Colonel H. F. Stephens M.I.C.E.

1868 - 1931

Ken Elks Copyright © 1999

HOLMAN FRED STEPHENS was born in Hammersmith, London on 31 October 1869, the son of Rebekah and Frederick G. Stephens. His father was art critic of "The Athenaeum" and a well-known member of the Pre-Raphaelite art movement. He was named after the eminent Pre-Raphaelite artist, Holman Hunt.

"Holly" Stephens was educated at University College School, London, and also at Karlsruhe, Germany and Vitre et Vilaine, France, followed by a year at University College studying under Sir Alexander W.B. Kennedy. In 1889 he went to work for the Metropolitan Railway, serving in the locomotive and carriage shops at Neasden, which he left in 1891 to become resident engineer during the construction of the Cranbrook & Paddock Wood Railway, Kent.

The C&PWR had originally been incorporated in 1877, but work did not commence until 1890. The line opened in October 1892 with services via Cranbrook to Hope Mill (later Goudhurst) and in September 1893 to Hawkhurst. It became the Hawkhurst Branch of the South Eastern Railway and thence the South Eastern & Chatham Railway and Southern Railway, finally closing in 1961 under British Railways.

He followed this with appointments to the Cranbrook & District Water Company and as engineer for five years with Medway Upper Navigation. His next railway venture was as engineer for the Rye & Camber Tramway, a narrow gauge line connecting Rye with the new golf links at Camber. For this line he experimented with an engine described as an "oil motor", which, had it been successful, would have been the first application of a diesel type engine to a railway. In the event steam locomotives were used, although in later years a petrol driven locomotive built at Ashford took their place.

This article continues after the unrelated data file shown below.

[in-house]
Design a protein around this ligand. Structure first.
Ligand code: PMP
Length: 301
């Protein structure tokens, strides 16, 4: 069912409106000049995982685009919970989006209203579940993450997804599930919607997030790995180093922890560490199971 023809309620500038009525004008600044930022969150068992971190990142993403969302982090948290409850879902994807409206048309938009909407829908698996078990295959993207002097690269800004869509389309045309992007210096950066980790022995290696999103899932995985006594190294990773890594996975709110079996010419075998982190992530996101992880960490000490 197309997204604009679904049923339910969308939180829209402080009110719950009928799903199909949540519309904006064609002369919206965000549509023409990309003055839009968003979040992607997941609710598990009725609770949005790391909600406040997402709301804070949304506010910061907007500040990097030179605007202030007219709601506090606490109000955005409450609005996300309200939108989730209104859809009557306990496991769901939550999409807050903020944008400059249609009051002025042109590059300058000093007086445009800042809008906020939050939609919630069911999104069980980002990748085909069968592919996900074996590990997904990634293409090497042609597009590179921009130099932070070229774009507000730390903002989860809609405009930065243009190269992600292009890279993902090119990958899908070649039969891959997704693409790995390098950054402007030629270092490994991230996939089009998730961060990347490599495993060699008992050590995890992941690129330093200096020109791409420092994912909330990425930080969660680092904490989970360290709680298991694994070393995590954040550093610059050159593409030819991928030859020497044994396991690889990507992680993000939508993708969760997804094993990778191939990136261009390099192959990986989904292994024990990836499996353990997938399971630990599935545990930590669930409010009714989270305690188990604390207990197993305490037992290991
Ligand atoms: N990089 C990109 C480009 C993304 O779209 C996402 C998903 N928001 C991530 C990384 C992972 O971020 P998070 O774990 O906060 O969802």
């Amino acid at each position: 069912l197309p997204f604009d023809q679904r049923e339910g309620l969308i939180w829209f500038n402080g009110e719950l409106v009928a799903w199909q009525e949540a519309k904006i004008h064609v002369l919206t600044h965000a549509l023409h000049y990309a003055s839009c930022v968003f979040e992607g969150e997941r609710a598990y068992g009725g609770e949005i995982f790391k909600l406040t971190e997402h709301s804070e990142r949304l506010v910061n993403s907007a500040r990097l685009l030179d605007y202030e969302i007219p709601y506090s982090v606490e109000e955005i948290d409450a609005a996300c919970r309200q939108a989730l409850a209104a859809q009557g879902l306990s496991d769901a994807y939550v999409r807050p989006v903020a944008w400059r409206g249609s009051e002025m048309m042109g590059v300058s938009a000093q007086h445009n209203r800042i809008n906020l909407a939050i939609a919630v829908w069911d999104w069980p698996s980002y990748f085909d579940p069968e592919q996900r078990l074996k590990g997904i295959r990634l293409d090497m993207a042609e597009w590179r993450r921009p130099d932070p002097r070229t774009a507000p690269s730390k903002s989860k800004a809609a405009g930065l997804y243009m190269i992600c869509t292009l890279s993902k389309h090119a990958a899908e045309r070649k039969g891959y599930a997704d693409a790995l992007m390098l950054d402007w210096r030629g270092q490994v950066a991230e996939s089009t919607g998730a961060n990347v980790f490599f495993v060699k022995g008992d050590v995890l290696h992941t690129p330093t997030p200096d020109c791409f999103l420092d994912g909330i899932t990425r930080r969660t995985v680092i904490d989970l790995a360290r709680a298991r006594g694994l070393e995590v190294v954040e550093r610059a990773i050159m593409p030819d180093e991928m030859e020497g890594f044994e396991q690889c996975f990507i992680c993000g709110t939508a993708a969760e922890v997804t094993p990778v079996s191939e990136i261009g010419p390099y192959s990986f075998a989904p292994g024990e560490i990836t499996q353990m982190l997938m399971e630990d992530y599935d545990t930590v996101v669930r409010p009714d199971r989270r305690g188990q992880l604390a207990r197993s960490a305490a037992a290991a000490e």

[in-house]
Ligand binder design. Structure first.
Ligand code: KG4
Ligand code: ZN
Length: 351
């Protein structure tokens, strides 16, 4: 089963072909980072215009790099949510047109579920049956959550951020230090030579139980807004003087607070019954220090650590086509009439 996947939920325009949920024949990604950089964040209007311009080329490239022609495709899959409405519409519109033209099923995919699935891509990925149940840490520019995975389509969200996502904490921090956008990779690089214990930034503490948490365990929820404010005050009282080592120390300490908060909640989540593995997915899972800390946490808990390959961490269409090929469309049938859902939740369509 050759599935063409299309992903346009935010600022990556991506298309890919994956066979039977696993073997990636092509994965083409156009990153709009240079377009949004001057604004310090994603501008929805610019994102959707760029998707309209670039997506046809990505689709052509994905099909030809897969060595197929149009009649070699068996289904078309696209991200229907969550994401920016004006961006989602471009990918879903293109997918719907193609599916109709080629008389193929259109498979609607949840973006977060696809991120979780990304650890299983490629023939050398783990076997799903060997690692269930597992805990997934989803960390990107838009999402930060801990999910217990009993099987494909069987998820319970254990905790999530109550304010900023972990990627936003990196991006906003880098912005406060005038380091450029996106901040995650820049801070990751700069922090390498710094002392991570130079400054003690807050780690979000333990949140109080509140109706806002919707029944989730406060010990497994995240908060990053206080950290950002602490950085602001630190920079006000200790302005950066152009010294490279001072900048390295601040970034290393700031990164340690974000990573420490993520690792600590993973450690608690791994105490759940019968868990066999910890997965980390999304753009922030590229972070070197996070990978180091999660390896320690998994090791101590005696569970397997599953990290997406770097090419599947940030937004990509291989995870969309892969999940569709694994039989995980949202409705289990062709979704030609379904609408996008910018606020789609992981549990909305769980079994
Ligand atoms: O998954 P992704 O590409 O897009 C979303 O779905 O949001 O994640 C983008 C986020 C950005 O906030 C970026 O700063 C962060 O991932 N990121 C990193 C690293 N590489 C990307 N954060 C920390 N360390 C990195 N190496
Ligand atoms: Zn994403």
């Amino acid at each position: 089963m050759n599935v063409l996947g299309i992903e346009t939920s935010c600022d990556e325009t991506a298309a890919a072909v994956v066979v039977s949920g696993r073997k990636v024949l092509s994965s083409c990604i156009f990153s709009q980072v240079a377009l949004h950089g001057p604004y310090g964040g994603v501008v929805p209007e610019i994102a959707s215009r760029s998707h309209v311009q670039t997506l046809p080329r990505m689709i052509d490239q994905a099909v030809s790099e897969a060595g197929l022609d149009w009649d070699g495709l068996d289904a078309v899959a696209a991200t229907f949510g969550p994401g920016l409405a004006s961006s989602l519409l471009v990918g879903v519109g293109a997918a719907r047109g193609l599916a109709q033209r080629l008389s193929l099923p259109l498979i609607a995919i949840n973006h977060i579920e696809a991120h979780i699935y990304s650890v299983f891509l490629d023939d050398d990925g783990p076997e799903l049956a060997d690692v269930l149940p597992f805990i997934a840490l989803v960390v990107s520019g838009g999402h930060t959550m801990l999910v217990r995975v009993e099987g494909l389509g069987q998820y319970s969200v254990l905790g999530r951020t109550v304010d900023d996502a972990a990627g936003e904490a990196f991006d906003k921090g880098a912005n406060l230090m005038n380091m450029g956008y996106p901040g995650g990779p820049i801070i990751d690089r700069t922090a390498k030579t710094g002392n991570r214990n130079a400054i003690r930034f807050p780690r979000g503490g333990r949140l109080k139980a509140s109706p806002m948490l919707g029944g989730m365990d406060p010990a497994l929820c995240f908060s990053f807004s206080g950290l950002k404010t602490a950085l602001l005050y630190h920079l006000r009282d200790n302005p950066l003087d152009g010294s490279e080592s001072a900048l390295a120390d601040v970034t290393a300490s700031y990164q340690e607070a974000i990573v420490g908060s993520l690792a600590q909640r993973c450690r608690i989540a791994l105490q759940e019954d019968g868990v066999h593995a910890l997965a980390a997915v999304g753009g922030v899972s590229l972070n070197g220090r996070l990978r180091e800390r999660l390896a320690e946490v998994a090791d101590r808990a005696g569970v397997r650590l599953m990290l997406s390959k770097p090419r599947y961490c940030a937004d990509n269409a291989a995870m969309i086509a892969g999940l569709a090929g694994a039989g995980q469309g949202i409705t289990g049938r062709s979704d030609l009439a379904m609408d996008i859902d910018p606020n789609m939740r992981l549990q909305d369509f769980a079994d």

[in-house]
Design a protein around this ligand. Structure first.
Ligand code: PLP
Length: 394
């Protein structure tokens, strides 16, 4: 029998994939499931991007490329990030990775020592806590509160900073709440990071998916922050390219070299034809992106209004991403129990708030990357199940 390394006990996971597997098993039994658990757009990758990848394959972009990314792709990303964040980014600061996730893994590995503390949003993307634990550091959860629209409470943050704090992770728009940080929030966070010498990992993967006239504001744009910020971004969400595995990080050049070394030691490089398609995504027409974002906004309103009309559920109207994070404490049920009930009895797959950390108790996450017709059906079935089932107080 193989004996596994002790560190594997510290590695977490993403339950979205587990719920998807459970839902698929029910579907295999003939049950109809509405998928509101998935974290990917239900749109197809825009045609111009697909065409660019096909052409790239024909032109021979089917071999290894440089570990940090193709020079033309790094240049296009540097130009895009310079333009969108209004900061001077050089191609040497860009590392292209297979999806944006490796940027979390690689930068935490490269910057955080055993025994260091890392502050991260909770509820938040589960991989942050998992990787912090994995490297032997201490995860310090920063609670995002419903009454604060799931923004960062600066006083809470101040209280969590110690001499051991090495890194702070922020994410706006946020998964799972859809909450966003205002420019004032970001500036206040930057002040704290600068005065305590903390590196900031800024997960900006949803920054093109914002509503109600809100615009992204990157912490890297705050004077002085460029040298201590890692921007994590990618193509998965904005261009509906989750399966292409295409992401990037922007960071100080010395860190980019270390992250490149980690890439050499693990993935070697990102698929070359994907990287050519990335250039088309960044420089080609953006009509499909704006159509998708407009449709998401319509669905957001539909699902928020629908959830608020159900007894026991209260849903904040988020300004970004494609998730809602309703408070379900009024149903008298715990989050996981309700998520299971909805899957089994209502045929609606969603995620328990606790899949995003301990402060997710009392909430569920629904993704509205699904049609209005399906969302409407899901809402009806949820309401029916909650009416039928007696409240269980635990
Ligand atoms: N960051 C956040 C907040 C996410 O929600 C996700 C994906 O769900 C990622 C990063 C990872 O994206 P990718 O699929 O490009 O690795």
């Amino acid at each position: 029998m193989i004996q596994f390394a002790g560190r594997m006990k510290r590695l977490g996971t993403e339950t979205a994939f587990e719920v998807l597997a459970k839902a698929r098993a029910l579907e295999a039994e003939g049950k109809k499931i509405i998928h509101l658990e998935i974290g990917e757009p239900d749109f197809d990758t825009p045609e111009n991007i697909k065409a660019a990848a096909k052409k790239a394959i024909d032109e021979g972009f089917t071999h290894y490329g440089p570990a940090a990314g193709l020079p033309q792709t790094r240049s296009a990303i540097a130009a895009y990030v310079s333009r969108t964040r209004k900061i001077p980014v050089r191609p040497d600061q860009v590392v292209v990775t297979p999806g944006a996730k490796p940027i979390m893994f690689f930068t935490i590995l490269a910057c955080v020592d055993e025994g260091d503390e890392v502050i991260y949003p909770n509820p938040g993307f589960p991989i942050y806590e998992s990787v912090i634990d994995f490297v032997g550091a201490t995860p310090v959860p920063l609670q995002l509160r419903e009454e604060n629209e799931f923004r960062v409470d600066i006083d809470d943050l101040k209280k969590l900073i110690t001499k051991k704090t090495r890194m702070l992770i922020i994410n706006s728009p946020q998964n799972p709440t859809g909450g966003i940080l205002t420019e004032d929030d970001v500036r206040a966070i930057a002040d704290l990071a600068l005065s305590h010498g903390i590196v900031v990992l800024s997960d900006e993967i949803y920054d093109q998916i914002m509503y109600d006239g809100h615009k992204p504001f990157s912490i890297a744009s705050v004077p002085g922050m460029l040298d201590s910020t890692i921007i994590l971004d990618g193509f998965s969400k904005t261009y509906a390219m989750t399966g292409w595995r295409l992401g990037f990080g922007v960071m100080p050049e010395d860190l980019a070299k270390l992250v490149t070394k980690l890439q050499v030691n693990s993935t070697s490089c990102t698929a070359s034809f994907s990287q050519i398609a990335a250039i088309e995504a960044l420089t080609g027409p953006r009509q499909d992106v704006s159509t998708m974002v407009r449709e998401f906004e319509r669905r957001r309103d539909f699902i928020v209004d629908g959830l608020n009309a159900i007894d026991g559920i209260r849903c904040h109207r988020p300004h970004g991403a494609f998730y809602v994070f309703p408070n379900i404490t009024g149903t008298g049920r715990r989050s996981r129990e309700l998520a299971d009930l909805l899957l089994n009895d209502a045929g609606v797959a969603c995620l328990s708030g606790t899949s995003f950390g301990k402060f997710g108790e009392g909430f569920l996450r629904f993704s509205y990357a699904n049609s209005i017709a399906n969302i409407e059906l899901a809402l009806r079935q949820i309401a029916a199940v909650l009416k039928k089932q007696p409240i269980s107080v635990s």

At the same time he also became engineer and director of the Hundred of Manhood & Selsey Tramway in Sussex, linking the London, Brighton & South Coast Railway station at Chichester with the town of Selsey at the end of Selsey Bill. In 1924 a new company, the West Sussex Railway, was formed to take over and operate the line, of which Stephens was also a director.

With the passing of the Light Railway Act of 1896, Stephens began a career with which his name will always be associated. He became engineer and managing director of the first railway to be built under this Act, the Rother Valley Railway, which ran from the mainline station at Robertsbridge in Sussex to Tenterden in Kent. In 1904, because of plans for numerous extensions, the name of the line was changed to the Kent & East Sussex Railway, which it retained until nationalisation in 1948. In the event only the line extending into the actual town of Tenterden and on to meet the mainline again at Headcorn was ever built.